Chia (Salvia hispanica L.) is an oil seed crop, with a high ω-3 fatty acid and fiber content, used for food and medicine. Upon imbibition, seeds (nutlets) exude a pectinaceous mucilage. The impact of mucilage on seed germination under different environments is unknown. The objectives of this study were to investigate the potential impact of mucilage on chia seeds germinated under conditions of biotic and abiotic stress. Chia seeds were germinated with or without mucilage under various stress conditions in lab and greenhouse studies. Germination conditions included exposure to water, cold, heat, salt stress, and fungal infection. The mucilage was removed following hydration with an acid wash without impacting germination. There was no difference in final germination percentage of seeds with or without mucilage under optimal lab conditions. However, seeds with mucilage removed germinated more slowly, with 63% germination after 26 h compared with 97% in seeds producing mucilage. Seed germination on polyethylene glycol solutions with increasingly negative water potentials was reduced in seeds without mucilage. Seeds with mucilage production that were exposed to cycles of wetting and drying germinated better and faster than non-mucilage-containing seeds. Greenhouse emergence showed a similar trend, with mucilage-producing seeds having greater emergence at lower substrate moisture levels. Under saline conditions, mucilage-producing seeds germinated 48% higher than non-muci-lage-producing seeds at 200 mM NaCl. The data suggest that seed mucilage production may impart an ecological advantage in arid or semiarid habitats with irregular soil moisture or soils with high salt levels.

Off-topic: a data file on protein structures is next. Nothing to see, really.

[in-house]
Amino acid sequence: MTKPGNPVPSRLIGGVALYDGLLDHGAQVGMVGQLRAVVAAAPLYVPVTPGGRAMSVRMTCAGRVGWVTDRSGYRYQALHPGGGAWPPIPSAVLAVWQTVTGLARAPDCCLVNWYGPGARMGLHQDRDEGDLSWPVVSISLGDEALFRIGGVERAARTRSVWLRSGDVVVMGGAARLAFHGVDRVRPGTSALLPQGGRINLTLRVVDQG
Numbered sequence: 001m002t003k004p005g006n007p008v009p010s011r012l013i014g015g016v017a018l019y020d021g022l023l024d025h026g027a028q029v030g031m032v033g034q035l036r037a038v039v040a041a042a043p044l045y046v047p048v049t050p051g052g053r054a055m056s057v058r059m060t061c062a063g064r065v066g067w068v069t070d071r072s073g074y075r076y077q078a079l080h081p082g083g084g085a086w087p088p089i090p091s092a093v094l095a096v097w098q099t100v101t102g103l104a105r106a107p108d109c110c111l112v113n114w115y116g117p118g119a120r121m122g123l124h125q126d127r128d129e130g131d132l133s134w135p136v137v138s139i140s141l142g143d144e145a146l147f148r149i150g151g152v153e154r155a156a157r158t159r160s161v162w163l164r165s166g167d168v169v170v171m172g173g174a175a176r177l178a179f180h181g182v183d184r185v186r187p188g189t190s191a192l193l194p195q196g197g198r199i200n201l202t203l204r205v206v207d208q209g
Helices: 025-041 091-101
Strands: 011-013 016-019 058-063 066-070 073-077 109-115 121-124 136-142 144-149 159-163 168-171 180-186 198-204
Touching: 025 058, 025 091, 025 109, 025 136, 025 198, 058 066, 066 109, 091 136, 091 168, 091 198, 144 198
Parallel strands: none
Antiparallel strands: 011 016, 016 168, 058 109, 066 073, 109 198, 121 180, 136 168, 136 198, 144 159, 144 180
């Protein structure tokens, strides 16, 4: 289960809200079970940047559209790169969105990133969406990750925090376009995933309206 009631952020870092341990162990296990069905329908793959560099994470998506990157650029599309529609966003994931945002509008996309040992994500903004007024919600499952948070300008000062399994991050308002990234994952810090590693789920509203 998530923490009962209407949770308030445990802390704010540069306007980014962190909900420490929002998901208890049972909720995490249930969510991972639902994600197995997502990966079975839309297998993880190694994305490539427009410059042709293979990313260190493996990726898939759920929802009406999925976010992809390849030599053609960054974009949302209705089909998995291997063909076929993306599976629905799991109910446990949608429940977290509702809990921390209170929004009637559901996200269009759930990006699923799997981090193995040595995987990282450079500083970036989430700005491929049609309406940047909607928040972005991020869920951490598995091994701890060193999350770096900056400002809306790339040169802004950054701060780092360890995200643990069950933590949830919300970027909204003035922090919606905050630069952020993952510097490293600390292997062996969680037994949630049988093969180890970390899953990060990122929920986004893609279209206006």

|Number of pages
|Published - 2017
Bibliographical noteFunding Information:
This is publication No. 16-11-052 of the Kentucky Agricultural Experiment Station and is published with the approval of the Director. This project was supported by the USDA National Institute of Food and Agriculture, hatch project number KY011042. Thanks and appreciation to Etta Nickels, University of Kentucky (Plant Pathology Department), for help preparing the petri dish agar and fungal inoculation.
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ASJC Scopus subject areas
- Agronomy and Crop Science